This weekend, Beatles tribute Yesterday and Today comes to the Marcus Center for the Performing Arts and I got a chance to talk to the group’s Billy McGuigan for a story that runs later this week.
I’m concurrently reading volume one of Mark Lewisohn’s projected trilogy, "All These Years." It’s a bit of a commitment, because it clocks in at darn near 1,000 pages. But, that’s OK, I’ve been a Beatles fan longer than I’ve been a fan of anything else (except the Mets), so it’s a subject I’m keen on.
I haven’t seen many of the Beatles tributes, though I was lucky enough to see the original cast of Beatlemania on Broadway when I was 10 (thanks Mom!) and to spend some time with Milwaukee’s Reed Kailing, who was the understudy when I saw the show and later stepped into the full-time McCartney role.
I took one of my kids to see the new Beatlemania (with my mom, of course, to keep the streak alive) a few years ago, too.
What sets Yesterday and Today apart is that they don’t bother with wigs and costumes and fake Liverpudlian accents. And, they take requests. In fact, audience requests are the sole source for the group’s set lists.
That got me thinking about which songs I’d request, when I go. Here’s my not-so-shortlist. I stopped myself at a dozen (in alphabetical order), or I’d just keep going. Post yours using the talkback feature below...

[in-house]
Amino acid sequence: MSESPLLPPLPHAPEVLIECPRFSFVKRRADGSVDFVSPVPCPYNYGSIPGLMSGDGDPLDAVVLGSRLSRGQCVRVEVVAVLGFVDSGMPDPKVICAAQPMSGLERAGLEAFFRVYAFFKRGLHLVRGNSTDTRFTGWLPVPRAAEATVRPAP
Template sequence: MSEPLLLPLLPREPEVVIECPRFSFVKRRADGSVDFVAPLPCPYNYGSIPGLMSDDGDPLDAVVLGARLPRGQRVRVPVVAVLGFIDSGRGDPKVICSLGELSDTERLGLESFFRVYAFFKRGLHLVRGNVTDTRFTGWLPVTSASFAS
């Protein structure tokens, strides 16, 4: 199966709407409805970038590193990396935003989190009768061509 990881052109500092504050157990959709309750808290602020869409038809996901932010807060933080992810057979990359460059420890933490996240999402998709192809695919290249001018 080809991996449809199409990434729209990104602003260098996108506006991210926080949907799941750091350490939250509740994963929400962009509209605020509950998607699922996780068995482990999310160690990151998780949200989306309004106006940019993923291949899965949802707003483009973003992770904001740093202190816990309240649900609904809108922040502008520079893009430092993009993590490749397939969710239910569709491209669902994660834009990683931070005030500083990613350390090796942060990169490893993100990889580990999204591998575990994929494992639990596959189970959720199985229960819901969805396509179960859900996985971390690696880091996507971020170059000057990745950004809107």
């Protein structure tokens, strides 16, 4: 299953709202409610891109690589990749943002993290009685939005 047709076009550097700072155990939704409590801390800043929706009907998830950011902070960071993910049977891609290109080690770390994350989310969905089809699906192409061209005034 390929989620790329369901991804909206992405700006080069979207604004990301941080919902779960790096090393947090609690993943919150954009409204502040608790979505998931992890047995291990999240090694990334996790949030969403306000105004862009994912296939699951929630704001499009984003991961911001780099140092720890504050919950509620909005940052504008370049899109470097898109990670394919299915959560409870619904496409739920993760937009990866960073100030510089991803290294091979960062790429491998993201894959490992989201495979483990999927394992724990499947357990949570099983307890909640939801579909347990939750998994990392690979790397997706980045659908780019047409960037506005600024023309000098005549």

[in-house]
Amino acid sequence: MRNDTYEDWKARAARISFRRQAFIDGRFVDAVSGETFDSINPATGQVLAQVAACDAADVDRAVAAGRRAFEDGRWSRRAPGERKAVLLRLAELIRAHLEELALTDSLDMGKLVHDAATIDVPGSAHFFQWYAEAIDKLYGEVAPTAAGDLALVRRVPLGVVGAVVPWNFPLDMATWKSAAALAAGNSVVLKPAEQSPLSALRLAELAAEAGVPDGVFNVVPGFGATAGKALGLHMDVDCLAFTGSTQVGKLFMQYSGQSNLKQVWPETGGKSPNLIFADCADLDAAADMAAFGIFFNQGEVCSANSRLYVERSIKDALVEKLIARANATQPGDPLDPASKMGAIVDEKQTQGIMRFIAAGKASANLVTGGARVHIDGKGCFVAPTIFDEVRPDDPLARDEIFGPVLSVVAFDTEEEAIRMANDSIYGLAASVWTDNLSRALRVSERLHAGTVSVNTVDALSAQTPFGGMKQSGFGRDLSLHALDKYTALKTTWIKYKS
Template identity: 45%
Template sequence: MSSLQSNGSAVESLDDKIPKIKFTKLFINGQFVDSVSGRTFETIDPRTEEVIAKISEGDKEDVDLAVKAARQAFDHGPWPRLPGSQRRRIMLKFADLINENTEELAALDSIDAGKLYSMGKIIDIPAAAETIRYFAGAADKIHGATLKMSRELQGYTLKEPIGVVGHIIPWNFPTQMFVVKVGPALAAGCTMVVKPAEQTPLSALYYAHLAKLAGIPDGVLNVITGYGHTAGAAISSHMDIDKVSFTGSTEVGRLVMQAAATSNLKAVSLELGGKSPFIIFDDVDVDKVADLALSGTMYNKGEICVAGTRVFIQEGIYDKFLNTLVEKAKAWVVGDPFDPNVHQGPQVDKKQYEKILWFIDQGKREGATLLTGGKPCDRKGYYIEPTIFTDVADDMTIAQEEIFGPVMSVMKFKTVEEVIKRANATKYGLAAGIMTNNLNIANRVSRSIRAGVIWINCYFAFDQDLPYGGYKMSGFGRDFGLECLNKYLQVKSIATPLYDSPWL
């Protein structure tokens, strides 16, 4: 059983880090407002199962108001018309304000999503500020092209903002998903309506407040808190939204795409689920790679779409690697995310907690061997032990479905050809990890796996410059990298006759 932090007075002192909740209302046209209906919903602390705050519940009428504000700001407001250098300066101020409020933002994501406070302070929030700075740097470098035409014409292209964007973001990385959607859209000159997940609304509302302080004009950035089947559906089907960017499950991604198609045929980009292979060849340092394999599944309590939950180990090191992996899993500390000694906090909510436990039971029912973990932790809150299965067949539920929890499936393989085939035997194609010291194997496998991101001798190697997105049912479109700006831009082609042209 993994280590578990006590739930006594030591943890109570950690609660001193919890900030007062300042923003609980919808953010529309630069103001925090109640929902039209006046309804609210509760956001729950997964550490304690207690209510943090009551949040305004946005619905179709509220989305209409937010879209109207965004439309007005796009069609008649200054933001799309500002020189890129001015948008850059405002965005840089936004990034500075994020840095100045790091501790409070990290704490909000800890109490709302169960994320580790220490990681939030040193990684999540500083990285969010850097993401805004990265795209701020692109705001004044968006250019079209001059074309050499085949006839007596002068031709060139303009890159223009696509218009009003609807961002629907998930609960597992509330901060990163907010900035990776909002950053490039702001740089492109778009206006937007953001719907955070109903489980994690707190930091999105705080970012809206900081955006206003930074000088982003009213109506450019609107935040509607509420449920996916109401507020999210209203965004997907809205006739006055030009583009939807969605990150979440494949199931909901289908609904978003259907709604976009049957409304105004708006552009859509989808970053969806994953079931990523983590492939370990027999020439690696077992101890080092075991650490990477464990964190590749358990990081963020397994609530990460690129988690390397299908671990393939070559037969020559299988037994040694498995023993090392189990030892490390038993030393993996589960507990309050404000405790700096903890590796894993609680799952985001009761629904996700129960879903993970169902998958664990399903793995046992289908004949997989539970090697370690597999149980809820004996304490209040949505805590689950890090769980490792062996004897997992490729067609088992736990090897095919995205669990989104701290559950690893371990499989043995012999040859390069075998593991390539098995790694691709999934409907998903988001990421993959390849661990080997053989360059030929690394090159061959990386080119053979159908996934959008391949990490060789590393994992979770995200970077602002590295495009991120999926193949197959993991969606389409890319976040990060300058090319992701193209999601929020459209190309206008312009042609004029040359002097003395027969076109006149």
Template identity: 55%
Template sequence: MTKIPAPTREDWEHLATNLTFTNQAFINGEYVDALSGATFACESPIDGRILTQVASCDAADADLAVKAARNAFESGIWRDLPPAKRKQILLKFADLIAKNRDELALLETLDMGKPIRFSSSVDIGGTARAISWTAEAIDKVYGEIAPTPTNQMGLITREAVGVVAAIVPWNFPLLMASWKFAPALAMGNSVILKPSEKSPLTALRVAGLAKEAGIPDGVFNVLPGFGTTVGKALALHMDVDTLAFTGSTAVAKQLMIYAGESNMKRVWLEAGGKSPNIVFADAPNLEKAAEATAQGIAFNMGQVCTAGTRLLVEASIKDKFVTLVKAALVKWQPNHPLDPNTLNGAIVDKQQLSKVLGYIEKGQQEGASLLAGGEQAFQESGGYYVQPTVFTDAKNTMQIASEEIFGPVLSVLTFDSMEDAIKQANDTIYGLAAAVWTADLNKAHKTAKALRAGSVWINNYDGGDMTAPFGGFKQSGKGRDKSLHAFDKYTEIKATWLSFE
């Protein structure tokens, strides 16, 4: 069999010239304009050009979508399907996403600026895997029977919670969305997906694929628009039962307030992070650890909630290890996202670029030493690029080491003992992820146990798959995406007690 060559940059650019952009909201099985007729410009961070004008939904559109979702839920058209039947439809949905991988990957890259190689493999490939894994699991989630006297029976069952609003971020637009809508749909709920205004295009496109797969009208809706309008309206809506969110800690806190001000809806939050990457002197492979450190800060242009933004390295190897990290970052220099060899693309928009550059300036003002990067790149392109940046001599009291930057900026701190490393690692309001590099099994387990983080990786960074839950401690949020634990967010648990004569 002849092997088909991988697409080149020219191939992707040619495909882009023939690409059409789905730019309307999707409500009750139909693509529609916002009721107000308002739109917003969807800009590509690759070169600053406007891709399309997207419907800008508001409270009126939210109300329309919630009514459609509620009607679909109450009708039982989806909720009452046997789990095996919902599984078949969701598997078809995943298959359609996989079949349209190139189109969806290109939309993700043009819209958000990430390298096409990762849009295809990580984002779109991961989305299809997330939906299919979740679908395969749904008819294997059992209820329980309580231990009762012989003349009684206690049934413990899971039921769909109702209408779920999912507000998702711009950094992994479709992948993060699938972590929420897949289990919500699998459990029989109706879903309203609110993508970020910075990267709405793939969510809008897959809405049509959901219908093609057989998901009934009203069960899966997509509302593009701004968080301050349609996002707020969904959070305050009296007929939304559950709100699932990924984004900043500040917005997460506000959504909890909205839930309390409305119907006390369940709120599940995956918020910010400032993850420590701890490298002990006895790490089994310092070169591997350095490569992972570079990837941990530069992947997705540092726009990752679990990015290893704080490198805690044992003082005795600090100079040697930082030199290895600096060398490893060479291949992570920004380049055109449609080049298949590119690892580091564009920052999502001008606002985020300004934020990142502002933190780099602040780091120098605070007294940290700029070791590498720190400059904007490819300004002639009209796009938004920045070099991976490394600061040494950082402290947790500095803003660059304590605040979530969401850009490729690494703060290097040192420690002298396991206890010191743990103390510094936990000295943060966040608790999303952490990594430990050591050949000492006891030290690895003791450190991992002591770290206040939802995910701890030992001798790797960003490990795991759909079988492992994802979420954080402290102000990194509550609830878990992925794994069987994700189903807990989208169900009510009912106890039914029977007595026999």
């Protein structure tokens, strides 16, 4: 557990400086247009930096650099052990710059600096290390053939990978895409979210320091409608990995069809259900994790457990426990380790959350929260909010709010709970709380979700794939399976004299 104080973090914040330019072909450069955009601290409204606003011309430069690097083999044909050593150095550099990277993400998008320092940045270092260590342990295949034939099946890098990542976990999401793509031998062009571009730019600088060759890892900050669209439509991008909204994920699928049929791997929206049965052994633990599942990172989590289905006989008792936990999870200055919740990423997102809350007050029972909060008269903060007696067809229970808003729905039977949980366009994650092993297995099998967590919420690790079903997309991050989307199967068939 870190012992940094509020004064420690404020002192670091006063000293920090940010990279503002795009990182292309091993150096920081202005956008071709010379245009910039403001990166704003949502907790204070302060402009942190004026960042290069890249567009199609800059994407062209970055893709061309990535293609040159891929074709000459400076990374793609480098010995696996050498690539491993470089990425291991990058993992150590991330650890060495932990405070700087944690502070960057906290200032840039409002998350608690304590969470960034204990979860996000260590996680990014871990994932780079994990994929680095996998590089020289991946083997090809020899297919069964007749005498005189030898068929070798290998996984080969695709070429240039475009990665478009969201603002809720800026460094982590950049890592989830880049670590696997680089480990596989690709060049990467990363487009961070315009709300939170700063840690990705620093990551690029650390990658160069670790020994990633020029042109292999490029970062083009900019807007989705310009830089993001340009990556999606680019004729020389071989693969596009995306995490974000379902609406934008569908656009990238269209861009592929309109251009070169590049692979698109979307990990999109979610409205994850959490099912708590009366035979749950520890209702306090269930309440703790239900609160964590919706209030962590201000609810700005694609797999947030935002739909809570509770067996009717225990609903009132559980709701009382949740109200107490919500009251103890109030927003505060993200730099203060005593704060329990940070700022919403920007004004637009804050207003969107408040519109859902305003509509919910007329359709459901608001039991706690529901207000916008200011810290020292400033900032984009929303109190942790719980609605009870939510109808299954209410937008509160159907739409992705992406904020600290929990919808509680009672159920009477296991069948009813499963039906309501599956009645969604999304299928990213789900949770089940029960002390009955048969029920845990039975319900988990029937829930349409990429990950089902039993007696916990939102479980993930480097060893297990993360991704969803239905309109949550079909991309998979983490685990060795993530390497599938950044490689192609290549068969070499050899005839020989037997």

- "All Together Now," because I can remember dancing around like a crazy kid to it for my grandfather.
- "And Your Bird Can Sing," because, well, the guitars, right?
- "Anna (Go To Him)," if covers are on tap, because it’s such a brilliant Lennon vocal.
- "Devil in Her Heart," again, a cover, this time because of George’s double-tracked vocal performance and the sound of the guitars.
- "Hey Bulldog," because.
- "I’m Only Sleeping," one of the best songs from my favorite era ("Rubber Soul" and "Revolver")
- "I Need You," for its great melody, the volume-controlled guitar, the cowbell, the strumming acoustic and the stellar middle eight.
- "She Said She Said," because, really, I would list most of "Revolver."
- "Strawberry Fields Forever," which tore open a new hole; the Mellotron, the fantastic drumming and and and...
- "There’s a Place," which has a fabulous melody and a nice group vocal, showcasing the Beatles’ harmony skills.
- "Things We Said Today," because, well, have you heard it? I mean, yes.
- "The Word," as a representative of "Rubber Soul," which like "Revolver" is full of worthy tunes.
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